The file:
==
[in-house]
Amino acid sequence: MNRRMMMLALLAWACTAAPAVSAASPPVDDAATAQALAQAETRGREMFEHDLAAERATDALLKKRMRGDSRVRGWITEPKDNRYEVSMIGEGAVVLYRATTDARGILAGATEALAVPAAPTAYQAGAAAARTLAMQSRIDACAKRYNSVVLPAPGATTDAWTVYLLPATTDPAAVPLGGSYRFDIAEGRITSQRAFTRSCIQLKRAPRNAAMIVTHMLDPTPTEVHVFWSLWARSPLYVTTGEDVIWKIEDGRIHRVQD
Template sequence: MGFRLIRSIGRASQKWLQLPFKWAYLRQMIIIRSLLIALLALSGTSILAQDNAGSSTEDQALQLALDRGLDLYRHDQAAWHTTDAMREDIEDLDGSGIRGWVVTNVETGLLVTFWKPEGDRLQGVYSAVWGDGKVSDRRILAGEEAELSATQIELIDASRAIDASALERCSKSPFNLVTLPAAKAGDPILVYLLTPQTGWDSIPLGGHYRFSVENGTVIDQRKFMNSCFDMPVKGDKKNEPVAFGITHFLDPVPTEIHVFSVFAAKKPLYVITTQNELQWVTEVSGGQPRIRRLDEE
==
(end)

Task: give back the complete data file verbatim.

[in-house]
Amino acid sequence: MNRRMMMLALLAWACTAAPAVSAASPPVDDAATAQALAQAETRGREMFEHDLAAERATDALLKKRMRGDSRVRGWITEPKDNRYEVSMIGEGAVVLYRATTDARGILAGATEALAVPAAPTAYQAGAAAARTLAMQSRIDACAKRYNSVVLPAPGATTDAWTVYLLPATTDPAAVPLGGSYRFDIAEGRITSQRAFTRSCIQLKRAPRNAAMIVTHMLDPTPTEVHVFWSLWARSPLYVTTGEDVIWKIEDGRIHRVQD
Template sequence: MGFRLIRSIGRASQKWLQLPFKWAYLRQMIIIRSLLIALLALSGTSILAQDNAGSSTEDQALQLALDRGLDLYRHDQAAWHTTDAMREDIEDLDGSGIRGWVVTNVETGLLVTFWKPEGDRLQGVYSAVWGDGKVSDRRILAGEEAELSATQIELIDASRAIDASALERCSKSPFNLVTLPAAKAGDPILVYLLTPQTGWDSIPLGGHYRFSVENGTVIDQRKFMNSCFDMPVKGDKKNEPVAFGITHFLDPVPTEIHVFSVFAAKKPLYVITTQNELQWVTEVSGGQPRIRRLDEE